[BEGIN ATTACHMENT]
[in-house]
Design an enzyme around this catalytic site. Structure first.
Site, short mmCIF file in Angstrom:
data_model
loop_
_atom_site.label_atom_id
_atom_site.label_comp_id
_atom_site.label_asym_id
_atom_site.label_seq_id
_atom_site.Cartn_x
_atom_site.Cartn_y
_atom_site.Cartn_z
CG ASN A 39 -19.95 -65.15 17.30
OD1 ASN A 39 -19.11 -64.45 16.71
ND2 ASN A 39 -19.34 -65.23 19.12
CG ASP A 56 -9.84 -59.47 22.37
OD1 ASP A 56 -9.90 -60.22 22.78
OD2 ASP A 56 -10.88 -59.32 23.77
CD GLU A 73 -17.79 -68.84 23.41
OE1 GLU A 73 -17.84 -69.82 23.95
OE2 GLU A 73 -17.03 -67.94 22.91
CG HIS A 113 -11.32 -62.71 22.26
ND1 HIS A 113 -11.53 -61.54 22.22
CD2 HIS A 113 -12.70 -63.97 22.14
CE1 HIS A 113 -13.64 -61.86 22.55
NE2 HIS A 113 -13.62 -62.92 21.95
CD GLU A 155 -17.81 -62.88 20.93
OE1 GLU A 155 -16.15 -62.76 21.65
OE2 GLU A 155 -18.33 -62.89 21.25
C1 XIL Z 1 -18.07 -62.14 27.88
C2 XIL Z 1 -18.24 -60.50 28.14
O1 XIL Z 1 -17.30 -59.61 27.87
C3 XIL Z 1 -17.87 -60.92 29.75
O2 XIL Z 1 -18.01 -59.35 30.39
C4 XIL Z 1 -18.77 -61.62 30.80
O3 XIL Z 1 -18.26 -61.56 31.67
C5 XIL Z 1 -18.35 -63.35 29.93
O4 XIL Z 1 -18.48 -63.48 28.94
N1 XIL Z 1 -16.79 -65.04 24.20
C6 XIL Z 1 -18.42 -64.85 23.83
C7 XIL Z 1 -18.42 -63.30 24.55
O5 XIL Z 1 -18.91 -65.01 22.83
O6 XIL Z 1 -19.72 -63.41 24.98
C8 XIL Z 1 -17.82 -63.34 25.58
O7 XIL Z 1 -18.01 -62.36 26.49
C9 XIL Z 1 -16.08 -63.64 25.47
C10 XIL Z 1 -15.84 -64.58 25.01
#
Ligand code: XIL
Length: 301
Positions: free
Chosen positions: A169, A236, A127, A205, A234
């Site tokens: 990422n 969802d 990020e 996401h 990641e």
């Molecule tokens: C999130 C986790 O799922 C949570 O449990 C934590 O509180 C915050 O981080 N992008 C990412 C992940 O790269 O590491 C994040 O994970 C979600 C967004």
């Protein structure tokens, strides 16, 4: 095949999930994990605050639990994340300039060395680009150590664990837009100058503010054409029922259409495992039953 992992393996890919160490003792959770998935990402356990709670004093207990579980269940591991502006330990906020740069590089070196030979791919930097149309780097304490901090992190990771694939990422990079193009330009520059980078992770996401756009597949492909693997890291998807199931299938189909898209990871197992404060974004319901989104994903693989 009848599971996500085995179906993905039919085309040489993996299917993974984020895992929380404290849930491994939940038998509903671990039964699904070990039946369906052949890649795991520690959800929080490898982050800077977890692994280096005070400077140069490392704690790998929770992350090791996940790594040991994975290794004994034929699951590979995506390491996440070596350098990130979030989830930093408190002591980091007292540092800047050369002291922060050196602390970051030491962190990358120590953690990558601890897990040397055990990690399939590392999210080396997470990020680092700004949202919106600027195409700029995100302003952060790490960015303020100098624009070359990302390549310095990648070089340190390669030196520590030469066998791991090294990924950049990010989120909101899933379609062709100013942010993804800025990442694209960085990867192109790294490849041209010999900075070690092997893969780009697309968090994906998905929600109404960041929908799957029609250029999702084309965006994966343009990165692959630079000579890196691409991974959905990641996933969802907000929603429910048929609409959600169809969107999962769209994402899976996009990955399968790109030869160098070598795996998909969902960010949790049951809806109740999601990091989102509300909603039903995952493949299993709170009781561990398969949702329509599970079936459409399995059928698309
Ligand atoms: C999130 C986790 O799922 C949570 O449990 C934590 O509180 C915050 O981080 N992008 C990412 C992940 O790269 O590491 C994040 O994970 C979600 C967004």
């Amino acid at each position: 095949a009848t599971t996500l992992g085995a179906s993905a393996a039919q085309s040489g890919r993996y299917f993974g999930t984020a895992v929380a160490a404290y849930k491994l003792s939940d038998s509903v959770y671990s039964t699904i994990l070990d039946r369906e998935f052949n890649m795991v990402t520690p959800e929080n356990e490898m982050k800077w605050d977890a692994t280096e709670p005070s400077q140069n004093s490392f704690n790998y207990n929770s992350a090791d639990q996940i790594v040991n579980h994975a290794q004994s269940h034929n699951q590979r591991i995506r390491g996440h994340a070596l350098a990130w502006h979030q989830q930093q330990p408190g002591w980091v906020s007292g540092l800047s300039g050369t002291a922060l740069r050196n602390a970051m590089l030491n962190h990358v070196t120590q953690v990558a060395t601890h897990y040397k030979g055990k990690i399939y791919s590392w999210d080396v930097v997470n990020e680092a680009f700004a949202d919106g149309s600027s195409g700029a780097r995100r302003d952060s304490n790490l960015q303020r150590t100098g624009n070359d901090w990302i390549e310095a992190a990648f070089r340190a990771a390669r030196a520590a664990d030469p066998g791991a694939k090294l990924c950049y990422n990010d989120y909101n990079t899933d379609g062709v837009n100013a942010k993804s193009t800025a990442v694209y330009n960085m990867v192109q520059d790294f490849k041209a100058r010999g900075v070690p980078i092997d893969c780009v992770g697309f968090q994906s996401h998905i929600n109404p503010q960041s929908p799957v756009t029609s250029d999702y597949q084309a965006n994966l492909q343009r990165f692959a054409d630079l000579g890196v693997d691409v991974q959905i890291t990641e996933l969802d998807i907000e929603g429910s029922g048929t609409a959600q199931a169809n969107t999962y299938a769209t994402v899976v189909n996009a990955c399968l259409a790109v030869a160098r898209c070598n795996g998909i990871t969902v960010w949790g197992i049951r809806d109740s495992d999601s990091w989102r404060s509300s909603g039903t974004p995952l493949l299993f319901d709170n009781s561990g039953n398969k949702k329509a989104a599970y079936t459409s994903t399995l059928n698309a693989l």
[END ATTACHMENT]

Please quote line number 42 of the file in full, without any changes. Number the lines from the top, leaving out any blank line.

O5 XIL Z 1 -18.91 -65.01 22.83